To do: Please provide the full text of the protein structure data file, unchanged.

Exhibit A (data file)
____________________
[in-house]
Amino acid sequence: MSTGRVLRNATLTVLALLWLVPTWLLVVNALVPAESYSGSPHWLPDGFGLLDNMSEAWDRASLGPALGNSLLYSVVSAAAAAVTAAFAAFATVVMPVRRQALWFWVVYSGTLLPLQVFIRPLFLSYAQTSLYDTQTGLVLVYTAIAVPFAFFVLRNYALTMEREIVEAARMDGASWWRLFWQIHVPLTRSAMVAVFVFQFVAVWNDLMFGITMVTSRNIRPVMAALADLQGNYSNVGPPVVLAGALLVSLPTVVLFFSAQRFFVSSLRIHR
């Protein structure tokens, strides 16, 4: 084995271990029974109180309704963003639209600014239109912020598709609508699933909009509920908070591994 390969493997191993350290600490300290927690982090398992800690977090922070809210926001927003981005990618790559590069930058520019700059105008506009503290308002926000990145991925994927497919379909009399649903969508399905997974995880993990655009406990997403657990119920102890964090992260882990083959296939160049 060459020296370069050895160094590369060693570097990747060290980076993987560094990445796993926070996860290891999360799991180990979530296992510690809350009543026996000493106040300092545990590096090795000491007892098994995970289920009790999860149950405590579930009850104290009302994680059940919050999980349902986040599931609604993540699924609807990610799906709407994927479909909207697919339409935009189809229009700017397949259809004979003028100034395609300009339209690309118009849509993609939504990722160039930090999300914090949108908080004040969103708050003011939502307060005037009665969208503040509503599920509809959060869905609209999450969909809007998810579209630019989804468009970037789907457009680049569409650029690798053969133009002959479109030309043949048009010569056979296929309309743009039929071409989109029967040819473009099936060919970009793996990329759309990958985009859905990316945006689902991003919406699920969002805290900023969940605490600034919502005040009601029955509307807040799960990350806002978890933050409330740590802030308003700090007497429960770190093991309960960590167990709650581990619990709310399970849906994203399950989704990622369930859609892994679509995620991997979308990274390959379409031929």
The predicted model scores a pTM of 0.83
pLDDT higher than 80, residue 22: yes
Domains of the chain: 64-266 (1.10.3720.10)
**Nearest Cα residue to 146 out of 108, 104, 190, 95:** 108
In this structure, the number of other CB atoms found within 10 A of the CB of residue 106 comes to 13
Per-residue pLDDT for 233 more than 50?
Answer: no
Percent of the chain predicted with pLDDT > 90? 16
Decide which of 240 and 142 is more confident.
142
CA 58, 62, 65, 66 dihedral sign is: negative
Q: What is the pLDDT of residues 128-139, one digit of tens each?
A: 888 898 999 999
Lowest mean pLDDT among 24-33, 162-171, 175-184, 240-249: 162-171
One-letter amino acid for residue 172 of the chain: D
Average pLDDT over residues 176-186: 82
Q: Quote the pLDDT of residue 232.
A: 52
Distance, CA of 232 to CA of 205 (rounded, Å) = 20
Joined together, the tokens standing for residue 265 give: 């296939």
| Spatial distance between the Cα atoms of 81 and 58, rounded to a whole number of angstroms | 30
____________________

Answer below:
[in-house]
Amino acid sequence: MSTGRVLRNATLTVLALLWLVPTWLLVVNALVPAESYSGSPHWLPDGFGLLDNMSEAWDRASLGPALGNSLLYSVVSAAAAAVTAAFAAFATVVMPVRRQALWFWVVYSGTLLPLQVFIRPLFLSYAQTSLYDTQTGLVLVYTAIAVPFAFFVLRNYALTMEREIVEAARMDGASWWRLFWQIHVPLTRSAMVAVFVFQFVAVWNDLMFGITMVTSRNIRPVMAALADLQGNYSNVGPPVVLAGALLVSLPTVVLFFSAQRFFVSSLRIHR
């Protein structure tokens, strides 16, 4: 084995271990029974109180309704963003639209600014239109912020598709609508699933909009509920908070591994 390969493997191993350290600490300290927690982090398992800690977090922070809210926001927003981005990618790559590069930058520019700059105008506009503290308002926000990145991925994927497919379909009399649903969508399905997974995880993990655009406990997403657990119920102890964090992260882990083959296939160049 060459020296370069050895160094590369060693570097990747060290980076993987560094990445796993926070996860290891999360799991180990979530296992510690809350009543026996000493106040300092545990590096090795000491007892098994995970289920009790999860149950405590579930009850104290009302994680059940919050999980349902986040599931609604993540699924609807990610799906709407994927479909909207697919339409935009189809229009700017397949259809004979003028100034395609300009339209690309118009849509993609939504990722160039930090999300914090949108908080004040969103708050003011939502307060005037009665969208503040509503599920509809959060869905609209999450969909809007998810579209630019989804468009970037789907457009680049569409650029690798053969133009002959479109030309043949048009010569056979296929309309743009039929071409989109029967040819473009099936060919970009793996990329759309990958985009859905990316945006689902991003919406699920969002805290900023969940605490600034919502005040009601029955509307807040799960990350806002978890933050409330740590802030308003700090007497429960770190093991309960960590167990709650581990619990709310399970849906994203399950989704990622369930859609892994679509995620991997979308990274390959379409031929």
The predicted model scores a pTM of 0.83
pLDDT higher than 80, residue 22: yes
Domains of the chain: 64-266 (1.10.3720.10)
**Nearest Cα residue to 146 out of 108, 104, 190, 95:** 108
In this structure, the number of other CB atoms found within 10 A of the CB of residue 106 comes to 13
Per-residue pLDDT for 233 more than 50?
Answer: no
Percent of the chain predicted with pLDDT > 90? 16
Decide which of 240 and 142 is more confident.
142
CA 58, 62, 65, 66 dihedral sign is: negative
Q: What is the pLDDT of residues 128-139, one digit of tens each?
A: 888 898 999 999
Lowest mean pLDDT among 24-33, 162-171, 175-184, 240-249: 162-171
One-letter amino acid for residue 172 of the chain: D
Average pLDDT over residues 176-186: 82
Q: Quote the pLDDT of residue 232.
A: 52
Distance, CA of 232 to CA of 205 (rounded, Å) = 20
Joined together, the tokens standing for residue 265 give: 């296939």
| Spatial distance between the Cα atoms of 81 and 58, rounded to a whole number of angstroms | 30